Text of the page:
Racing Hummingbirds

There’s no easy way to read Jeanann Verlee’s Racing Hummingbirds. Her subjects include rape, incest, death, and all manner of abusive relationships. At the same time, however, they’re not poems of accusation. Rather, they’re poems that try to make sense of the world and, more importantly, poems that strive to forgive and comfort the ghosts that haunt the victims in all of us. In “Unsolicited Advice to Adolescent Girls with Crooked Teeth and Pink Hair,” for example, one can’t help reading the poem as a desperate attempt at turning back the clock, at reaching back in time to offer advice to a former, naive self. That the endeavor can only fail — on the literal plane, anyway — only enhances the urgency of the piece, even as it underscores the poem’s relevance to burgeoning victims in the here and now. I’ve been through it, too, the poem seems to say to the girls named in its title, and I’ve made it to the other side. Or, more to the point: You’re not alone.

Of course, Racing Hummingbirds is not just about victimization. It’s also about moving on — as in “40 Love Letters,” which, as the title suggests, consists of 40 brief notes to past or potential lovers explaining in no uncertain terms why each relationship simply won’t work out. Then there’s Verlee’s uncanny ability to examine heartbreak from both sides of the equation as she does in “Beautiful: A Legend,” in which a human heart stored in a Ziploc bag signifies both the best of intentions and the worst of all possible outcomes. Verlee also has a gift for pithy turns of phrase, as in her short poem, “Men,” which deftly re-works the themes of Dorothy Parker’s “General Review of the Sex Situation” by arguing that two out of three things that men want are completely useless to her.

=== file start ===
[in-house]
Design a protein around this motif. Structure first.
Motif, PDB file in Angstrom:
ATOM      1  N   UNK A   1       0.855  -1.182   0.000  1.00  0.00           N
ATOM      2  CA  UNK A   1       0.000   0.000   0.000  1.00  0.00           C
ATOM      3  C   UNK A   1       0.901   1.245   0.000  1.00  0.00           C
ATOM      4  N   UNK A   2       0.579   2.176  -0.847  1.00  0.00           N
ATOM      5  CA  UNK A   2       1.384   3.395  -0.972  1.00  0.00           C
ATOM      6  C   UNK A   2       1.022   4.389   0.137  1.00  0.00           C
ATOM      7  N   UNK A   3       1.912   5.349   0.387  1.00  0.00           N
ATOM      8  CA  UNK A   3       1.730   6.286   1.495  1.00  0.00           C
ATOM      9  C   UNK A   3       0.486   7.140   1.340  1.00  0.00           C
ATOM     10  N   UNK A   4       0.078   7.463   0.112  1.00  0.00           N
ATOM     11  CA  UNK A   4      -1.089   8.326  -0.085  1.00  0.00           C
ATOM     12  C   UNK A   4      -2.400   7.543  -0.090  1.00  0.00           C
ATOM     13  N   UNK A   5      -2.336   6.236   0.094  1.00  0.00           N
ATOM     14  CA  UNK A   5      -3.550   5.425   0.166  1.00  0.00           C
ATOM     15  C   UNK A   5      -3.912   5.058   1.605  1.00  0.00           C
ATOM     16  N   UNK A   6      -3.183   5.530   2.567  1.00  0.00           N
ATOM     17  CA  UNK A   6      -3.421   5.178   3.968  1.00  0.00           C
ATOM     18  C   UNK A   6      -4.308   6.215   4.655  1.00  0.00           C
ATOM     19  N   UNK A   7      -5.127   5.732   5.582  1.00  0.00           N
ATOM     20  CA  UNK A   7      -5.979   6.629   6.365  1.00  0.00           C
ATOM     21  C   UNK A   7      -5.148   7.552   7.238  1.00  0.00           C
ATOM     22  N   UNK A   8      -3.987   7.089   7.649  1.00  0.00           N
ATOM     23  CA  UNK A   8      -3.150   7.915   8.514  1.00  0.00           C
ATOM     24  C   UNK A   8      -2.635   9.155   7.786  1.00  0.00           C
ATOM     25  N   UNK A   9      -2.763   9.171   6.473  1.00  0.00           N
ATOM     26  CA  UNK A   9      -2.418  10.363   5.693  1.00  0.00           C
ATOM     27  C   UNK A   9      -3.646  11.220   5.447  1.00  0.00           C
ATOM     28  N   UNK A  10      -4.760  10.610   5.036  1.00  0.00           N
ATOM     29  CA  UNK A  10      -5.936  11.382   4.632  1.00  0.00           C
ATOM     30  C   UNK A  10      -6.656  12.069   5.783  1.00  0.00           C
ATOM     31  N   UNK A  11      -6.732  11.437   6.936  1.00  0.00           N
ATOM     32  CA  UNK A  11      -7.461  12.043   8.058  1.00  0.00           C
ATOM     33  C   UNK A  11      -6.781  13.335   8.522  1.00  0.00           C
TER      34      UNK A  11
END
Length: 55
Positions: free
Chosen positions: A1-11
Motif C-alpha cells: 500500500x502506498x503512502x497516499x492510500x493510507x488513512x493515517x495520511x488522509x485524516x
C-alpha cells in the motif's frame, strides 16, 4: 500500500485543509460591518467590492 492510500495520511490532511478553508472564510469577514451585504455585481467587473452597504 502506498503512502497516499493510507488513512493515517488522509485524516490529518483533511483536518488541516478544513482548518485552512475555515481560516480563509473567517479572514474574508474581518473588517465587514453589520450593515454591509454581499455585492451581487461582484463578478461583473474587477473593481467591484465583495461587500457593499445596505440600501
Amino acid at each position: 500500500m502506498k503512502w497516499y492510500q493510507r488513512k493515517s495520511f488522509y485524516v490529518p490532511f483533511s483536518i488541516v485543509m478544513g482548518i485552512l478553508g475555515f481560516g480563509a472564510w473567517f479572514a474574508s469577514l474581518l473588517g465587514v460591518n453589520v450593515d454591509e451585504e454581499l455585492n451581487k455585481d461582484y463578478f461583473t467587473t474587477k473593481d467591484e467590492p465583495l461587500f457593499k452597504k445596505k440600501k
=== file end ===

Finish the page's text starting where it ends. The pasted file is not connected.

As visceral and searing as it is compassionate and forgiving, Racing Hummingbirds explores the darkest reaches of the human heart in order to demonstrate that although we are all flawed and damaged, we are, more than anything, capable of great beauty.


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